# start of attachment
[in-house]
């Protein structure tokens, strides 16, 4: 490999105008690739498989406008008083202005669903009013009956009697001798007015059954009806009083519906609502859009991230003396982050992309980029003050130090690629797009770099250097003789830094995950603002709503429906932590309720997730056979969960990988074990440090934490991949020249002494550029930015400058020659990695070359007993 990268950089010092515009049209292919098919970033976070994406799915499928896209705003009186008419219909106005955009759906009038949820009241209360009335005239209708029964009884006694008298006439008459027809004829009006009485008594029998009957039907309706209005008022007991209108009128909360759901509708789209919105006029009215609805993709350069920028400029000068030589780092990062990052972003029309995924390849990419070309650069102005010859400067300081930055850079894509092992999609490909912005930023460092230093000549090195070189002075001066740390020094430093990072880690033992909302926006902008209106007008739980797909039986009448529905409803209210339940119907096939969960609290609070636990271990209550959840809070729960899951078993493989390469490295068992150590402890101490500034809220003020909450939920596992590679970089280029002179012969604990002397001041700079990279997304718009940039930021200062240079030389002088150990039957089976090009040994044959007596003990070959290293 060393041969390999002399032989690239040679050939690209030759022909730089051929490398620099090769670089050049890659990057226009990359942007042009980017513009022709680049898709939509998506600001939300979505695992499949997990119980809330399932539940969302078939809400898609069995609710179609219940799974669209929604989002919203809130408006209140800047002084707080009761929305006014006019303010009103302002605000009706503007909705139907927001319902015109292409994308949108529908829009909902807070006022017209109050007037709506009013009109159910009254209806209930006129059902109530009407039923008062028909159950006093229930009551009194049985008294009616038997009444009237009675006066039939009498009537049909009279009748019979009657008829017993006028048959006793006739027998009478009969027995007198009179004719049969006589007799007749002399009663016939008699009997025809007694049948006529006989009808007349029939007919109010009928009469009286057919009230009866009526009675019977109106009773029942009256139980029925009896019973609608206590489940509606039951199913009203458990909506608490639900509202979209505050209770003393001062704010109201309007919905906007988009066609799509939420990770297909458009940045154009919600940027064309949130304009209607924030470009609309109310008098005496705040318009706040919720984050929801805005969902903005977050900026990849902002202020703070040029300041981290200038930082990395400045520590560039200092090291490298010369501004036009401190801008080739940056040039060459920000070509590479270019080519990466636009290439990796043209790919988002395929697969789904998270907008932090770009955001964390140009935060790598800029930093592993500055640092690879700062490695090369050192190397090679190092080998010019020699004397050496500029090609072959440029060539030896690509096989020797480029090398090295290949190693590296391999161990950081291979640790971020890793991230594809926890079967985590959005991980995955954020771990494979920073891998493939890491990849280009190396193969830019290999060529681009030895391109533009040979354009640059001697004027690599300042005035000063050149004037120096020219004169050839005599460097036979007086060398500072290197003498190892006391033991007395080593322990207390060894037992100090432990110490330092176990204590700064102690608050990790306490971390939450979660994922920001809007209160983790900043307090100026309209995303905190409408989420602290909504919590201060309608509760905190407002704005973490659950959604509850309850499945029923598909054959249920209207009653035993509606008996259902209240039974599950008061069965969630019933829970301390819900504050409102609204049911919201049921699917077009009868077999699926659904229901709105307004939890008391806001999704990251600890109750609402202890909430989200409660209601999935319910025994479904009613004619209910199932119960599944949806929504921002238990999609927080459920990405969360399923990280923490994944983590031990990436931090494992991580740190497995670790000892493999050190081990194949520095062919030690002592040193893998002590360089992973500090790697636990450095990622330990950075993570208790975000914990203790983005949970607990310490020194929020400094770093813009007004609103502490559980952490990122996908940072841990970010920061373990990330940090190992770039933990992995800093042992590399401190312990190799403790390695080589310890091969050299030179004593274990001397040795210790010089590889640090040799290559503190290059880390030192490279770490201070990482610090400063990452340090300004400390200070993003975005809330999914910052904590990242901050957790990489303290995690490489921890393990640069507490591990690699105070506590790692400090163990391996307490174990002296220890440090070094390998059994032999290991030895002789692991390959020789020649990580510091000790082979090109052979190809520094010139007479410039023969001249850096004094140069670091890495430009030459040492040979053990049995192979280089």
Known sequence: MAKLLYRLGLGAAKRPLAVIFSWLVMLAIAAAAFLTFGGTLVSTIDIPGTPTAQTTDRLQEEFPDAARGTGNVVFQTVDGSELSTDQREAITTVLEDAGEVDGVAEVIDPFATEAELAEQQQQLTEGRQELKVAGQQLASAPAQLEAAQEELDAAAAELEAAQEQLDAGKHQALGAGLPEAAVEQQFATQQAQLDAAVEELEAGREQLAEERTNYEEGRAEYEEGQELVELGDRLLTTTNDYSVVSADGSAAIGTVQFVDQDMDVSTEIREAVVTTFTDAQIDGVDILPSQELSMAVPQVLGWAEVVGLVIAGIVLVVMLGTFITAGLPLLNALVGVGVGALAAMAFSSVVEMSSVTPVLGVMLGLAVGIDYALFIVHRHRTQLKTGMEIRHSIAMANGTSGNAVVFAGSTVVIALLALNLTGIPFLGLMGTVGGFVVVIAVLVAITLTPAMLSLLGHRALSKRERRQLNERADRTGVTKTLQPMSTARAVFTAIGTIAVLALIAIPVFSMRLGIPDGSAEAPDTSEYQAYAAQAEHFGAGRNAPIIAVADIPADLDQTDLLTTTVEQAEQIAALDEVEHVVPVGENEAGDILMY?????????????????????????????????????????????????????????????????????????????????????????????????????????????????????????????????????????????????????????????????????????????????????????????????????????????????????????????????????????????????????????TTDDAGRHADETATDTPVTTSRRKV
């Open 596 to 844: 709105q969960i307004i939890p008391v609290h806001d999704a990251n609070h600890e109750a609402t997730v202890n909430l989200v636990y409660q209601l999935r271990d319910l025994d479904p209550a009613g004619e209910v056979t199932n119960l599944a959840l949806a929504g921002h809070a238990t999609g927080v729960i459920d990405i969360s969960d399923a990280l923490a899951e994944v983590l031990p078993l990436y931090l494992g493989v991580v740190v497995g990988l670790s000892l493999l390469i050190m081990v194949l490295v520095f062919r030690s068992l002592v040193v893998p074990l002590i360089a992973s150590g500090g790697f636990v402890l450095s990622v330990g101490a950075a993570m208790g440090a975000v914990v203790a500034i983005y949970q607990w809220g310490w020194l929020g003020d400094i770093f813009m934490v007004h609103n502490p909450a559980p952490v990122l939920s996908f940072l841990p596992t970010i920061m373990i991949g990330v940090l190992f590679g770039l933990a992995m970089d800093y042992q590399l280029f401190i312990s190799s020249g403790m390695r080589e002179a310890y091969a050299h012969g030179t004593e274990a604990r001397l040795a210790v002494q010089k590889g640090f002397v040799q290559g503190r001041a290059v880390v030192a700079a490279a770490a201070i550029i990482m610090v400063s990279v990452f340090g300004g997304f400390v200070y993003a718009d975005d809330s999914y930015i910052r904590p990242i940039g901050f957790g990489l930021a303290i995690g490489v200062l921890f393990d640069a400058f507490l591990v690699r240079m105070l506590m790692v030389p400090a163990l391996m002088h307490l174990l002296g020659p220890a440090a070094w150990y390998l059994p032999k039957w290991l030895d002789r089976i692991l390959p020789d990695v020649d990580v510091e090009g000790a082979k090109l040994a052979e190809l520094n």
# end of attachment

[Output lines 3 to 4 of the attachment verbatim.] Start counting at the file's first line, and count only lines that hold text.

Known sequence: MAKLLYRLGLGAAKRPLAVIFSWLVMLAIAAAAFLTFGGTLVSTIDIPGTPTAQTTDRLQEEFPDAARGTGNVVFQTVDGSELSTDQREAITTVLEDAGEVDGVAEVIDPFATEAELAEQQQQLTEGRQELKVAGQQLASAPAQLEAAQEELDAAAAELEAAQEQLDAGKHQALGAGLPEAAVEQQFATQQAQLDAAVEELEAGREQLAEERTNYEEGRAEYEEGQELVELGDRLLTTTNDYSVVSADGSAAIGTVQFVDQDMDVSTEIREAVVTTFTDAQIDGVDILPSQELSMAVPQVLGWAEVVGLVIAGIVLVVMLGTFITAGLPLLNALVGVGVGALAAMAFSSVVEMSSVTPVLGVMLGLAVGIDYALFIVHRHRTQLKTGMEIRHSIAMANGTSGNAVVFAGSTVVIALLALNLTGIPFLGLMGTVGGFVVVIAVLVAITLTPAMLSLLGHRALSKRERRQLNERADRTGVTKTLQPMSTARAVFTAIGTIAVLALIAIPVFSMRLGIPDGSAEAPDTSEYQAYAAQAEHFGAGRNAPIIAVADIPADLDQTDLLTTTVEQAEQIAALDEVEHVVPVGENEAGDILMY?????????????????????????????????????????????????????????????????????????????????????????????????????????????????????????????????????????????????????????????????????????????????????????????????????????????????????????????????????????????????????????TTDDAGRHADETATDTPVTTSRRKV
């Open 596 to 844: 709105q969960i307004i939890p008391v609290h806001d999704a990251n609070h600890e109750a609402t997730v202890n909430l989200v636990y409660q209601l999935r271990d319910l025994d479904p209550a009613g004619e209910v056979t199932n119960l599944a959840l949806a929504g921002h809070a238990t999609g927080v729960i459920d990405i969360s969960d399923a990280l923490a899951e994944v983590l031990p078993l990436y931090l494992g493989v991580v740190v497995g990988l670790s000892l493999l390469i050190m081990v194949l490295v520095f062919r030690s068992l002592v040193v893998p074990l002590i360089a992973s150590g500090g790697f636990v402890l450095s990622v330990g101490a950075a993570m208790g440090a975000v914990v203790a500034i983005y949970q607990w809220g310490w020194l929020g003020d400094i770093f813009m934490v007004h609103n502490p909450a559980p952490v990122l939920s996908f940072l841990p596992t970010i920061m373990i991949g990330v940090l190992f590679g770039l933990a992995m970089d800093y042992q590399l280029f401190i312990s190799s020249g403790m390695r080589e002179a310890y091969a050299h012969g030179t004593e274990a604990r001397l040795a210790v002494q010089k590889g640090f002397v040799q290559g503190r001041a290059v880390v030192a700079a490279a770490a201070i550029i990482m610090v400063s990279v990452f340090g300004g997304f400390v200070y993003a718009d975005d809330s999914y930015i910052r904590p990242i940039g901050f957790g990489l930021a303290i995690g490489v200062l921890f393990d640069a400058f507490l591990v690699r240079m105070l506590m790692v030389p400090a163990l391996m002088h307490l174990l002296g020659p220890a440090a070094w150990y390998l059994p032999k039957w290991l030895d002789r089976i692991l390959p020789d990695v020649d990580v510091e090009g000790a082979k090109l040994a052979e190809l520094n």